“Based on a true story.” That is code for a condensed version of the story, trimmed down to be told in a short period of time and carefully edited to create a compelling story of near mythical proportion. Coming this fourth of July, amidst the parades, barbecues and fireworks, are you celebrating a holiday “based on a true story,” presented as a triumph of 13 scrappy colonies with a population of 2.5 million people taking on a Great Britain, a nation of 13 million and winning?
But the war wasn’t just between the US and Britain. Near the start of war, France secretly started shipments of arms, ammunition, uniforms, boots and money to the United States. Soon after, the Spanish Empire and the Dutch Republic started to send assistance. Spain’s Prime Minister, José Moñino y Redondo, Count of Floridablanca, wrote in March 1777, “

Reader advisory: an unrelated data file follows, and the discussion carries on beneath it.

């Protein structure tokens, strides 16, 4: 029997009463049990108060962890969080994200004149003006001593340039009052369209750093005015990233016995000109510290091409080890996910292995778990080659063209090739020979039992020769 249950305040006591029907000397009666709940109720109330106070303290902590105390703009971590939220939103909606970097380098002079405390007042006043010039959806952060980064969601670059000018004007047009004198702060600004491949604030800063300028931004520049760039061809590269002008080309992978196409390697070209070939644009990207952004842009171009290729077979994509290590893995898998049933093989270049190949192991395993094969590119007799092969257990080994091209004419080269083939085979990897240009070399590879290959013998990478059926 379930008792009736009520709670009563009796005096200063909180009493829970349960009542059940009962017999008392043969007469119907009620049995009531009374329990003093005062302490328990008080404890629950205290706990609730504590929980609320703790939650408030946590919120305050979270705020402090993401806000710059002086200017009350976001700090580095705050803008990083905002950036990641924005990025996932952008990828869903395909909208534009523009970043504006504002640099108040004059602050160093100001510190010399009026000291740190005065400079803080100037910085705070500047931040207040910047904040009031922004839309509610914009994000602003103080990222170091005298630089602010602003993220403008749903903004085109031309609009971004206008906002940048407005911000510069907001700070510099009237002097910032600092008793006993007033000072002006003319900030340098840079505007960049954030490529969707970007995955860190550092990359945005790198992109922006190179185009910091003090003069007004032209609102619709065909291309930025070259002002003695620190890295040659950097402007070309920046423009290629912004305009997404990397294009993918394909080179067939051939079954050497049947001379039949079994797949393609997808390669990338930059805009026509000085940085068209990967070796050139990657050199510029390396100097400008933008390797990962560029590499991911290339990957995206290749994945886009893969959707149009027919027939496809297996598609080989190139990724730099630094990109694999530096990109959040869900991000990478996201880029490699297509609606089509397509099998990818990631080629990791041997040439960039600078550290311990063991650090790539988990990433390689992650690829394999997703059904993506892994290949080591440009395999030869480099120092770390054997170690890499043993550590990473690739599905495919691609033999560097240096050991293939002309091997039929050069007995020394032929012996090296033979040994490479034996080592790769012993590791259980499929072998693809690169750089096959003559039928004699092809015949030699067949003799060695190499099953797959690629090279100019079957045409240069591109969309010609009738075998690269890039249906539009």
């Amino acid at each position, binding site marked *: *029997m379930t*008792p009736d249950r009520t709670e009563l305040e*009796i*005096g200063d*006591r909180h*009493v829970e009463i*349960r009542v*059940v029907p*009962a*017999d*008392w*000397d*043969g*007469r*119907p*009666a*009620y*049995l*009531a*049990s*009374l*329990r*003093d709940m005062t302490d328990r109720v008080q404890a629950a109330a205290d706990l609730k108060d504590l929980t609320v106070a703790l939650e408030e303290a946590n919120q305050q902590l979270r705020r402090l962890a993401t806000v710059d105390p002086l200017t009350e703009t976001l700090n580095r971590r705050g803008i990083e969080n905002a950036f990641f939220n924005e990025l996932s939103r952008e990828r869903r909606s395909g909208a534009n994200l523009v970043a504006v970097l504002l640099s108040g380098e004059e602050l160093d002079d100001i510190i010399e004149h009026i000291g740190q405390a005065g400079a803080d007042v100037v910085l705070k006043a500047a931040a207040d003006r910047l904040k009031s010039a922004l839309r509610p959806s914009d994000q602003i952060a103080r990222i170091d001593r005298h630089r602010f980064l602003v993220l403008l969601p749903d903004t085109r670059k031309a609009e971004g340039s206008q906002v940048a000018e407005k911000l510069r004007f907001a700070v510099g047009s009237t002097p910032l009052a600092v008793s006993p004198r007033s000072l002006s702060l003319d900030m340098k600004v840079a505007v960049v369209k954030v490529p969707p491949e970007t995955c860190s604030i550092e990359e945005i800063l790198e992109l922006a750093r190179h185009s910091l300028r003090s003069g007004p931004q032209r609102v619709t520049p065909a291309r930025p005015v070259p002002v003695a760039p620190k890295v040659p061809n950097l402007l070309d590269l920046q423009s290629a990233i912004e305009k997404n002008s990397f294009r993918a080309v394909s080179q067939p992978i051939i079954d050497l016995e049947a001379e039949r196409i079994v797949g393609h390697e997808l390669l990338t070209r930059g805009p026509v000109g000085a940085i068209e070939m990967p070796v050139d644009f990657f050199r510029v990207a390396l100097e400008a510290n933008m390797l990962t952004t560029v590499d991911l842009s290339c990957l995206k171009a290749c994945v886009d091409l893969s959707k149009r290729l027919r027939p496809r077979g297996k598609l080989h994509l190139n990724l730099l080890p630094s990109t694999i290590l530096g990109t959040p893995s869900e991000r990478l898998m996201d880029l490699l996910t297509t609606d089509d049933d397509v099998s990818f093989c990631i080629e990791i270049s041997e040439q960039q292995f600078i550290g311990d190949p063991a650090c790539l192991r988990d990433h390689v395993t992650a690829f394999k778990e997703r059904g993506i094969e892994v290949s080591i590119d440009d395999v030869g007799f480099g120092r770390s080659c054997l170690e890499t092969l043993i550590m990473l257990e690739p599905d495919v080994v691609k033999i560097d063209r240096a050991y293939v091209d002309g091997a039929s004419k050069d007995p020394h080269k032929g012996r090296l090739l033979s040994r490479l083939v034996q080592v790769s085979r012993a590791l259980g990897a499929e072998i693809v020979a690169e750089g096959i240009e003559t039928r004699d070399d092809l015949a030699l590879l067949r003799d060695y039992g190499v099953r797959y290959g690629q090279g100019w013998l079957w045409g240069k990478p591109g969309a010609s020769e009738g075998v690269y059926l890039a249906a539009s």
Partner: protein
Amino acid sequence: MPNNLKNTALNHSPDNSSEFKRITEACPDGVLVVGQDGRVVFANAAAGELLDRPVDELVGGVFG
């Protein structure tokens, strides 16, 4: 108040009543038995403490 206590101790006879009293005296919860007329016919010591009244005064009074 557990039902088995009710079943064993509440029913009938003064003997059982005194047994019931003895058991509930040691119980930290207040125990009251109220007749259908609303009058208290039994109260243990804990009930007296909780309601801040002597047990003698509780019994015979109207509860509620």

the fate of the colonies interests us very much, and we shall do for them everything that circumstances permit”.
The French provided 90% of the gunpowder used in the America Revolutionary war; ensuring victory. The history is robust and complex; the rivals of Great Britain united against imperial supremacy.
A century later, Edouard de Laboulaye, French abolitionist proposed a monument to commemorate the end of the US Civil war and the abolishment of slavery. Edouard de Laboulaye, an anti-savers advocate, admired the ideas of the US Constitution, themes suppressed by French Emperor Napoleon Bonaparte. Alas, the US funders of the pedestal demanded changes to the design. There should be no reminders of slavery. The piles, a headpiece worn by emancipated slaves in Rome was to be removed. The statue could not hold chains and shackles.
In place of the shackles and chains is a tablet, engraved in Roman numerals with the date of July 4, 1776. This fourth of July, celebrate as you may, but consider the footnotes of history. The end of the revolutionary war on September 3, 1783, was with help from France, Spain and the Dutch Republic. The Statue of Liberty dedicated on October 28, 1886, was a gift to honor the freeing of slaves and lives lost during the civil war. While changes to the statue may have the appearance celebrating American Independence, the chains at the bottom of the state are a footnote to the intent; based on a true story.